Osteoarthritis: 20 Clinical pearls
Osteoarthritis: 20 Clinical pearls
ABSTRACT: Osteoarthritis (OA) is the leading cause of chronic disability in older adults. A multitude of factors can contribute to the disease process. Only a portion of patients who have radiographic evidence of OA have associated pain. Several conditions can mimic OA. Laboratory tests often contribute little to the diagnosis. Treatment should be tailored to individual patients. Exercises and joint protection techniques are the mainstays of treatment. Patient education may be beneficial. Acetaminophen and NSAIDs are effective in many patients. Cyclooxygenase-2 inhibitors are associated with improved GI tolerability. Glucosamine and chondroitin sulfate may produce improvements in pain and function and may be associated with a decrease in the radiographic progression of OA. Corticosteroids can provide symptomatic relief. Surgery is an option for advanced
disease. (J Musculoskel Med. 2008;25:476-480)
Osteoarthritis (OA), affecting more than 20 million persons in the United States alone, is by far the most common form of arthritis. Because of its high prevalence and its direct association with increasing age, OA is the leading cause of chronic disability in older adults. As the population continues to age in the coming years, OA will take on epidemic proportions.
Successful management of this disabling disease begins with an accurate diagnosis, which is usually based on the physical examination and appropriate joint testing. Treatment is tailored to the individual patient but usually includes exercise, joint protection, analgesic medications, and local corticosteroid injections. Newer treatments, such as ingestion of chondroitin sulfate and glucosamine and intraarticular injections of hyaluronic acid compounds, provide symptomatic relief in some patients, but efficacy in randomized trials has not been consistent. In this article, we review 20 pointers on the diagnosis and management of OA.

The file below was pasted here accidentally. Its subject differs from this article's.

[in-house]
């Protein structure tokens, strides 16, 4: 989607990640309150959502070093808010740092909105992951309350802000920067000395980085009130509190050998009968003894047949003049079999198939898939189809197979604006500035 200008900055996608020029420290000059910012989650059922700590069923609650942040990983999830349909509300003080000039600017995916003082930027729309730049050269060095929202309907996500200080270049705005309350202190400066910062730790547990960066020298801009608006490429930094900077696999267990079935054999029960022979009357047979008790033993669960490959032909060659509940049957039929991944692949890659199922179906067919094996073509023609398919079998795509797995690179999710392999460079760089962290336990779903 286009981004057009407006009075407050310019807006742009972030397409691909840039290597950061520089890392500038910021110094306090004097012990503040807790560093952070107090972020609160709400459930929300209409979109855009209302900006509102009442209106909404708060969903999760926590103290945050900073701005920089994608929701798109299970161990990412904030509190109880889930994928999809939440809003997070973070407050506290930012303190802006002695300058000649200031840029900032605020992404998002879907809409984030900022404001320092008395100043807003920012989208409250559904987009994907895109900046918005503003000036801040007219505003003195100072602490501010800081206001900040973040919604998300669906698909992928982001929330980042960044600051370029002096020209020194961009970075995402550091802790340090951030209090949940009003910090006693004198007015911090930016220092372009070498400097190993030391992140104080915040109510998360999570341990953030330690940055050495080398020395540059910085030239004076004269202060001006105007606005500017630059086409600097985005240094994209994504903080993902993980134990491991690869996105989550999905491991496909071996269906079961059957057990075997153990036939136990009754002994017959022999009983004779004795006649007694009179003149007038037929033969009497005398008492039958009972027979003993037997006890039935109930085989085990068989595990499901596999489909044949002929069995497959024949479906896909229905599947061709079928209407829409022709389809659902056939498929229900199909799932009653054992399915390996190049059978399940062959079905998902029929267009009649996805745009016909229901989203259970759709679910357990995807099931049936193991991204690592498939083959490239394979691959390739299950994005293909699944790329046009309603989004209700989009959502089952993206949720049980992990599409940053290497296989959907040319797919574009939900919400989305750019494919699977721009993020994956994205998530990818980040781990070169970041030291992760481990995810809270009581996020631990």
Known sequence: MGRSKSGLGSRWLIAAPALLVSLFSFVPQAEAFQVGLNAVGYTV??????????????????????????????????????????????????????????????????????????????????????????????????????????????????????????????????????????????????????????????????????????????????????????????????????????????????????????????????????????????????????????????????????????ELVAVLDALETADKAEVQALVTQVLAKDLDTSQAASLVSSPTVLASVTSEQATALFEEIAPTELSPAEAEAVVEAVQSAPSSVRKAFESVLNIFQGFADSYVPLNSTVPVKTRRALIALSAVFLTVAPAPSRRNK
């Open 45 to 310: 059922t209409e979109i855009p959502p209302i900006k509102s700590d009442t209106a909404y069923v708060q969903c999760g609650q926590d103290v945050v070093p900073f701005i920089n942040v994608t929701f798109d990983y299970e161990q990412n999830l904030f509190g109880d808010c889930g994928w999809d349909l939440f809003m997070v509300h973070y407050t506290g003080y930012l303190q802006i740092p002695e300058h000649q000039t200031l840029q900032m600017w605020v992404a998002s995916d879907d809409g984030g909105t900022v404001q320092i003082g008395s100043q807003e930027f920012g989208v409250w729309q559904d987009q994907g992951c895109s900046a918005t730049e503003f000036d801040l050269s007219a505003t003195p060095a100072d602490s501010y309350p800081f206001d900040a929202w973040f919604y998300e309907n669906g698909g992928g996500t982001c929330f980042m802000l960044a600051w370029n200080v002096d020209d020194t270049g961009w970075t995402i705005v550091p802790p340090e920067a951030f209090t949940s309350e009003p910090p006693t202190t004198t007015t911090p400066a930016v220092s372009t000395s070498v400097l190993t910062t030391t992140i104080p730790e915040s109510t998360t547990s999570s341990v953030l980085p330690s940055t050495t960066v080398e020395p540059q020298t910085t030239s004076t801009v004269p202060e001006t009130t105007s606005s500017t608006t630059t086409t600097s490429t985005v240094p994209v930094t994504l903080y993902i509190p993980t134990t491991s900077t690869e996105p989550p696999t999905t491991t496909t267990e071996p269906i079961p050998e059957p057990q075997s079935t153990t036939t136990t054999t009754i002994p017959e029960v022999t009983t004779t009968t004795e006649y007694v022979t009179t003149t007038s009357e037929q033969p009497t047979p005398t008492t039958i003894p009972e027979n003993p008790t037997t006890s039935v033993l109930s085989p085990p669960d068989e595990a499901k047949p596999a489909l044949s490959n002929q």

1. A variety of possible factors underlie OA
OA is a multifactorial disease that often results in joint failure. Its development is related to a combination of aging changes within joint tissues and factors that affect joint structure or joint biomechanics. These factors, which vary among individual persons, can include obesity, previous joint injury, weakness in supporting muscles, congenital joint abnormalities (eg, hip dysplasia), joint use, joint alignment and laxity, genetic factors, bone density, and nutritional and metabolic factors.1 As OA develops, loss of cartilage; hypertrophic changes in neighboring bone and joint capsule; mild synovial inflammation; and degenerative changes in the menisci, ligaments, and tendons all contribute to pain and loss of joint function, resulting in joint failure.
2. Not simply "wear and tear"
The changes that occur in joint tissues as OA develops are the result of an active joint remodeling process in which the activity of catabolic pathways exceeds anabolic repair pathways.2 Unlike an inert automobile part that wears out over time because of repeated use, joint tissues are composed of living cells capable of both destroying and rebuilding tissue. Future treatments of patients with OA will target the imbalance in catabolic and anabolic activity within the joint.
3. Radiographic OA does not equal pain
The presence of radiographically perceived OA does not always correlate with symptoms of pain. Studies suggest that most persons older than 65 years will have radiographic evidence of OA, such as joint-space narrowing, subchondral sclerosis, and osteophytes, in at least 1 joint. However, only a portion of this population will have associated pain. For example, radiographic knee OA is present in about 30% of older adults, but symptomatic knee OA affects only about 7% of the same population.3 Thus, the majority of persons have asymptomatic radiographic disease.
Similarly, degenerative changes of the lumbar spine are found in up to 60% of asymptomatic patients older than 60 years.4 Therefore, it is often difficult to discern whether radiographic changes are incidental findings or are related to patient symptoms. The decision of whether the pain is the result of OA should be based on the clinical evaluation of the patient rather than on the radiographic findings.